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Leadership Lessons from 14-Year-Old Boys

Have you ever wondered what a teenager could teach you? Probably nothing, you might think, however, recently I had the opportunity to coach a group of 14-year- old boys through their 4-month basketball season. This is what I learned about leadership.

Angry? Get over it! 14-year-old boys are prone to losing their temper when things don’t go their way. During our season we had a number of incidents where as a coach I had to discipline some of these young players for their verbal outbursts of anger at referees or other players. One thing I noticed is that these boys were able to get over their anger and get back into the game within minutes.How often as leaders are we mad at someone and let that anger ruin our whole day, weekend, or month? Putting the drama aside and getting back to business is something we could all do better at.

It Hurts So What, get Back in the Game! Teenage boys play hard and get hit hard. On one occasion, one of my players got an intentional hit, while not seriously injured he was sore, however after a few minutes of ice, he wanted to get back into the game, despite the pain. As adults, we have a truckload of excuses as to why we can’t perform at our best, but sometimes we just need to ignore the pain of our problems and challenges and get back in the game.

If its Not for You, it’s Okay to Quit! One of the fellows on the team realized after three months that he loved Hockey more than Basketball and gave notice that he couldn’t make the last few weeks. So often as leaders, we stick with something long past the time we are still enjoying it. While there is a time for sacrifice, we need to recognize that if we find that we have taken a route that no longer fulfills us, it’s okay to make a change.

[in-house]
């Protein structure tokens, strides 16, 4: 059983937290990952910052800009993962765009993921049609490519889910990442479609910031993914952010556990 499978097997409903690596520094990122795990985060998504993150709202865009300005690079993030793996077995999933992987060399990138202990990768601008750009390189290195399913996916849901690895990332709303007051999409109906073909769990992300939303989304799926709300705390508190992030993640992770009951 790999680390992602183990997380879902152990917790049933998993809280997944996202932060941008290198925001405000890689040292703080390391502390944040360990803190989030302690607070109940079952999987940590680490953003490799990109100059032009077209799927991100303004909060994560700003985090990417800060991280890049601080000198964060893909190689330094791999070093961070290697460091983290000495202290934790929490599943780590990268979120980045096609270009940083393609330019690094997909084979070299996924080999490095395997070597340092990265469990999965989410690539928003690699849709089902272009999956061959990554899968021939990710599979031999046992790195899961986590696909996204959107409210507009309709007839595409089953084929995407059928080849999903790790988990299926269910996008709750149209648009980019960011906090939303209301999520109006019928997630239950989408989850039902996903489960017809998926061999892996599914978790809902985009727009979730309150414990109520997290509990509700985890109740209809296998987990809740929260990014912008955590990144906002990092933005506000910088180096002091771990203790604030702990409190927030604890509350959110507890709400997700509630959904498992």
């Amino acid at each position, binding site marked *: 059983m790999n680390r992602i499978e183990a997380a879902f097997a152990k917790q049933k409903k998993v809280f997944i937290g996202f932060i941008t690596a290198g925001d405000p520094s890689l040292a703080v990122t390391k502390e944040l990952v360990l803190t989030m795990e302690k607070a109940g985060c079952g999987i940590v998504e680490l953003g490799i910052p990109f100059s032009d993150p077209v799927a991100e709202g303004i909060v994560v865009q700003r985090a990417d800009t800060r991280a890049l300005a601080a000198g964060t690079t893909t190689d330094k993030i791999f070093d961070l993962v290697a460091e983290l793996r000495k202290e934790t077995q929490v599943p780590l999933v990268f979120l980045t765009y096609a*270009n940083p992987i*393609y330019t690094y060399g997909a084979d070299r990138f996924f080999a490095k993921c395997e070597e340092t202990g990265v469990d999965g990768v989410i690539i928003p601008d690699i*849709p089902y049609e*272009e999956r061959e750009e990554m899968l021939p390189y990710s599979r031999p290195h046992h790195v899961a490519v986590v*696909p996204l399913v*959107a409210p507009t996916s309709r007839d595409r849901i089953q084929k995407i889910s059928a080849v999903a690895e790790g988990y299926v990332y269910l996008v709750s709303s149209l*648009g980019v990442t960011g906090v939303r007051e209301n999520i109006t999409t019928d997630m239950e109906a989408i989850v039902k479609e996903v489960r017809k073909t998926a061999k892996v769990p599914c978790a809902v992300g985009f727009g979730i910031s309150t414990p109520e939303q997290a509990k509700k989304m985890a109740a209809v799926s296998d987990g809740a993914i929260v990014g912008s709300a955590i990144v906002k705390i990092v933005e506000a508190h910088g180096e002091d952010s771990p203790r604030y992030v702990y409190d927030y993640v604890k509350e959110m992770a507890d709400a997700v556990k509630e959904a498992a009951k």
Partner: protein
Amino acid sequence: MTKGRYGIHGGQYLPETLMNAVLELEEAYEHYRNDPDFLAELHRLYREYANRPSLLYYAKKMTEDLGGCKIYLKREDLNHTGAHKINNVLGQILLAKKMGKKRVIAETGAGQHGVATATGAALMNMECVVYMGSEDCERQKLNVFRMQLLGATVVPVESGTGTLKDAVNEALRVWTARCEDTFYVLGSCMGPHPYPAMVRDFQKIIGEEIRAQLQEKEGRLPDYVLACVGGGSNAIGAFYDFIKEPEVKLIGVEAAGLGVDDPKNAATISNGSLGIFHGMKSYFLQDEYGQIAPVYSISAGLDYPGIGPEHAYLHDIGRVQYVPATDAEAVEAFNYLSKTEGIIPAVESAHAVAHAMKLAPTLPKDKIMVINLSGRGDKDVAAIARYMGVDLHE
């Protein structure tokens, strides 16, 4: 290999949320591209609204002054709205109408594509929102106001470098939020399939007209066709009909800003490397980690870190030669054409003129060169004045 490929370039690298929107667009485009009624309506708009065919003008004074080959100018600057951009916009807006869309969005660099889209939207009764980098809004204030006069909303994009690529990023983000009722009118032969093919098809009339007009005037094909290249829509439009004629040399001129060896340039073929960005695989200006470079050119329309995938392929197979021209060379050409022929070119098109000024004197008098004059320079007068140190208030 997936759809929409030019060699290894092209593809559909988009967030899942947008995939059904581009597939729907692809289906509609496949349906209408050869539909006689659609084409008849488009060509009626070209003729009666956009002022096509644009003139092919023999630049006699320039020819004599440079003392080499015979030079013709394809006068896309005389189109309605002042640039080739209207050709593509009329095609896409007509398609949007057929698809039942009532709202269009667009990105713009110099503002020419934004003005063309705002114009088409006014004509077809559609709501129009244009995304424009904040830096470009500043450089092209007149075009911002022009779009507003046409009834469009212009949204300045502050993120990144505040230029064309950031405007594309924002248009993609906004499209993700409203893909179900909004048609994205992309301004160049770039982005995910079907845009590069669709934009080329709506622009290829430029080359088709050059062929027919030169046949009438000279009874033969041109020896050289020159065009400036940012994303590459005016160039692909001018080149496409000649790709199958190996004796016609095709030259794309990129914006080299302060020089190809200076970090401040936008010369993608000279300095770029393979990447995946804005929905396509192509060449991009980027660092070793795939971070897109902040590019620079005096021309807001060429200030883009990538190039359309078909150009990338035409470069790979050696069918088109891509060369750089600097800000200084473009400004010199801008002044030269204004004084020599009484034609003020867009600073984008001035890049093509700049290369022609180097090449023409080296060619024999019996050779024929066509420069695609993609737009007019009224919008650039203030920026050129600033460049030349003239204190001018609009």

Have a Plan for the Unexpected: In one of our last games, we came up against a tough team and as I stood on the sidelines watching this team beat us, I realized that I didn’t have a plan for the unexpected. At the end of the game and on the losing end of the scoreboard, I recognized that though I had the tools and the team had a variety of plays, I had underestimated the challenge and didn’t have a proper plan in place for the game. The teenagers had looked at me for direction and I feel that I failed them because I hadn’t prepared properly. The last two games of the season I had a game plan and followed it with great success.

As leaders within our organizations; we are flustered when something out of the ordinary happens and everyone is looking at us for direction. Sometimes we choke because we hadn’t planned properly. Having a game plan we can resort to, can settle us down and improve our outcomes.

It's Just a Game – Be Positive: One of the lads on my team was just a beacon of positivity. He was happy to play no matter what the outcome. He was there to have fun and would make suggestions on what we might try to defeat our opponents. How often as leaders and adults, do we worry about winning so much that we forget that life is to be enjoyed and appreciated. If 14-year-old boys in the angst of puberty and adolescence can enjoy the moments of life despite the tensions, so should we.

We didn’t achieve our goals as a team to win the districts because a wrench was thrown into the works. However, if I look back to the goals the boys stated at the beginning of the season; to become better basketball players, to have fun, and make friends, they were all winners. Life isn’t all that complicated and sometimes teenagers are smarter than we give them credit for.

Dave Fuller, MBA, is an Award-Winning Business Coach, Business Broker and the author of the book Profit Yourself Healthy. What is something you learned in the past few months? I would love to hear. Email


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